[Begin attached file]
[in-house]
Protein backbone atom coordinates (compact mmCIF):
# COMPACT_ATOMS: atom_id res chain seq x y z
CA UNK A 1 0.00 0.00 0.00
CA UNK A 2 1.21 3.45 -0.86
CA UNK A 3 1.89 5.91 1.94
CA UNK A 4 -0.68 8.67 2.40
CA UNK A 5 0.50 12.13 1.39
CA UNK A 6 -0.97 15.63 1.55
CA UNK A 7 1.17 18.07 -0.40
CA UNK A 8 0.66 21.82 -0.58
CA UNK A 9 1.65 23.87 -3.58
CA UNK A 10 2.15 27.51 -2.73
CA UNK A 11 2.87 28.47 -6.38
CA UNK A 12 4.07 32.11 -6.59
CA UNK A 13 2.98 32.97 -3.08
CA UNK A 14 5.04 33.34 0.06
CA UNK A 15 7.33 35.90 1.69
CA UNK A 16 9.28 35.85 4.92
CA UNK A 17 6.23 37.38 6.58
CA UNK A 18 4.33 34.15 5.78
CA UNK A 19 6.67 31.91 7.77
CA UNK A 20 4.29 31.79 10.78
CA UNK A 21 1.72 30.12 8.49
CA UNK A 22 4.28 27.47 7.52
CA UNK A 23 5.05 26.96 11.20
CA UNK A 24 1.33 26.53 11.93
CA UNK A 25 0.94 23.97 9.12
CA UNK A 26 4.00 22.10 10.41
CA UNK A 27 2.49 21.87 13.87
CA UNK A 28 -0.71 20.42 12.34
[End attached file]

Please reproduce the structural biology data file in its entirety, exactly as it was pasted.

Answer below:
[in-house]
Protein backbone atom coordinates (compact mmCIF):
# COMPACT_ATOMS: atom_id res chain seq x y z
CA UNK A 1 0.00 0.00 0.00
CA UNK A 2 1.21 3.45 -0.86
CA UNK A 3 1.89 5.91 1.94
CA UNK A 4 -0.68 8.67 2.40
CA UNK A 5 0.50 12.13 1.39
CA UNK A 6 -0.97 15.63 1.55
CA UNK A 7 1.17 18.07 -0.40
CA UNK A 8 0.66 21.82 -0.58
CA UNK A 9 1.65 23.87 -3.58
CA UNK A 10 2.15 27.51 -2.73
CA UNK A 11 2.87 28.47 -6.38
CA UNK A 12 4.07 32.11 -6.59
CA UNK A 13 2.98 32.97 -3.08
CA UNK A 14 5.04 33.34 0.06
CA UNK A 15 7.33 35.90 1.69
CA UNK A 16 9.28 35.85 4.92
CA UNK A 17 6.23 37.38 6.58
CA UNK A 18 4.33 34.15 5.78
CA UNK A 19 6.67 31.91 7.77
CA UNK A 20 4.29 31.79 10.78
CA UNK A 21 1.72 30.12 8.49
CA UNK A 22 4.28 27.47 7.52
CA UNK A 23 5.05 26.96 11.20
CA UNK A 24 1.33 26.53 11.93
CA UNK A 25 0.94 23.97 9.12
CA UNK A 26 4.00 22.10 10.41
CA UNK A 27 2.49 21.87 13.87
CA UNK A 28 -0.71 20.42 12.34